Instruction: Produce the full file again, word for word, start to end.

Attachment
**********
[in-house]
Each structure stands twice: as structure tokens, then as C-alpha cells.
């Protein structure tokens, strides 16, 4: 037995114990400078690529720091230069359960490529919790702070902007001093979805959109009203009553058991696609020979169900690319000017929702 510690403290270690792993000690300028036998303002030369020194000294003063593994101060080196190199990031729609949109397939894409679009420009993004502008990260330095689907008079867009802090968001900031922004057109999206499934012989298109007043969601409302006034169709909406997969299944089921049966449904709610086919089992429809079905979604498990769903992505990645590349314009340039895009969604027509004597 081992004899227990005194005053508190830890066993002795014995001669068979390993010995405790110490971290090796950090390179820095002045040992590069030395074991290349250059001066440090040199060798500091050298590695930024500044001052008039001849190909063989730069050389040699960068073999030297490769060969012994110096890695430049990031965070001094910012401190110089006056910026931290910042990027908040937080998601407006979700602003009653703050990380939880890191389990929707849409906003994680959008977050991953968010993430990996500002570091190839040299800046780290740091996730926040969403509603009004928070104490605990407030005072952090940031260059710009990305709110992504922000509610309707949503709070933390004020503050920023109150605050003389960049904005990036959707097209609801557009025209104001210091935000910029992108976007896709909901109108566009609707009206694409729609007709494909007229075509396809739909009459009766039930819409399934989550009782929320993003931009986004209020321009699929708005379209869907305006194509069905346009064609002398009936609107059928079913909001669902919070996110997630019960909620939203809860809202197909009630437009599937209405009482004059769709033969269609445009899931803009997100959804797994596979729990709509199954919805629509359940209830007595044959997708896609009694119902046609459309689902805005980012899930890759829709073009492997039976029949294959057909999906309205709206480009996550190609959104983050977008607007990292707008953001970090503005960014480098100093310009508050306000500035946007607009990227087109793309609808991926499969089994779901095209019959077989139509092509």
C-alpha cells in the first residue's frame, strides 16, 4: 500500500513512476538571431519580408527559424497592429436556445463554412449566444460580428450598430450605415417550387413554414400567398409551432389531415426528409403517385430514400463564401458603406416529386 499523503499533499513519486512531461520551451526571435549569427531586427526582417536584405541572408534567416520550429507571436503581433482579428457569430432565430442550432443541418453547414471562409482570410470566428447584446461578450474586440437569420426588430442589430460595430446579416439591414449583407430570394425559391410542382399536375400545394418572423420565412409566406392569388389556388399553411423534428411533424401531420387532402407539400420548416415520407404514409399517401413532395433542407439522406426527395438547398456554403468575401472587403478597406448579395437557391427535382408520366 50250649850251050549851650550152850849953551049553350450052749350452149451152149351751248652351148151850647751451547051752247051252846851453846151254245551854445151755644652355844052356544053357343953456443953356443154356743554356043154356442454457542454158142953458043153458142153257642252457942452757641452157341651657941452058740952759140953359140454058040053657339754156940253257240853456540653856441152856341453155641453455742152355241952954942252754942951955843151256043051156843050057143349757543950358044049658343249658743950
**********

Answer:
[in-house]
Each structure stands twice: as structure tokens, then as C-alpha cells.
């Protein structure tokens, strides 16, 4: 037995114990400078690529720091230069359960490529919790702070902007001093979805959109009203009553058991696609020979169900690319000017929702 510690403290270690792993000690300028036998303002030369020194000294003063593994101060080196190199990031729609949109397939894409679009420009993004502008990260330095689907008079867009802090968001900031922004057109999206499934012989298109007043969601409302006034169709909406997969299944089921049966449904709610086919089992429809079905979604498990769903992505990645590349314009340039895009969604027509004597 081992004899227990005194005053508190830890066993002795014995001669068979390993010995405790110490971290090796950090390179820095002045040992590069030395074991290349250059001066440090040199060798500091050298590695930024500044001052008039001849190909063989730069050389040699960068073999030297490769060969012994110096890695430049990031965070001094910012401190110089006056910026931290910042990027908040937080998601407006979700602003009653703050990380939880890191389990929707849409906003994680959008977050991953968010993430990996500002570091190839040299800046780290740091996730926040969403509603009004928070104490605990407030005072952090940031260059710009990305709110992504922000509610309707949503709070933390004020503050920023109150605050003389960049904005990036959707097209609801557009025209104001210091935000910029992108976007896709909901109108566009609707009206694409729609007709494909007229075509396809739909009459009766039930819409399934989550009782929320993003931009986004209020321009699929708005379209869907305006194509069905346009064609002398009936609107059928079913909001669902919070996110997630019960909620939203809860809202197909009630437009599937209405009482004059769709033969269609445009899931803009997100959804797994596979729990709509199954919805629509359940209830007595044959997708896609009694119902046609459309689902805005980012899930890759829709073009492997039976029949294959057909999906309205709206480009996550190609959104983050977008607007990292707008953001970090503005960014480098100093310009508050306000500035946007607009990227087109793309609808991926499969089994779901095209019959077989139509092509």
C-alpha cells in the first residue's frame, strides 16, 4: 500500500513512476538571431519580408527559424497592429436556445463554412449566444460580428450598430450605415417550387413554414400567398409551432389531415426528409403517385430514400463564401458603406416529386 499523503499533499513519486512531461520551451526571435549569427531586427526582417536584405541572408534567416520550429507571436503581433482579428457569430432565430442550432443541418453547414471562409482570410470566428447584446461578450474586440437569420426588430442589430460595430446579416439591414449583407430570394425559391410542382399536375400545394418572423420565412409566406392569388389556388399553411423534428411533424401531420387532402407539400420548416415520407404514409399517401413532395433542407439522406426527395438547398456554403468575401472587403478597406448579395437557391427535382408520366 50250649850251050549851650550152850849953551049553350450052749350452149451152149351751248652351148151850647751451547051752247051252846851453846151254245551854445151755644652355844052356544053357343953456443953356443154356743554356043154356442454457542454158142953458043153458142153257642252457942452757641452157341651657941452058740952759140953359140454058040053657339754156940253257240853456540653856441152856341453155641453455742152355241952954942252754942951955843151256043051156843050057143349757543950358044049658343249658743950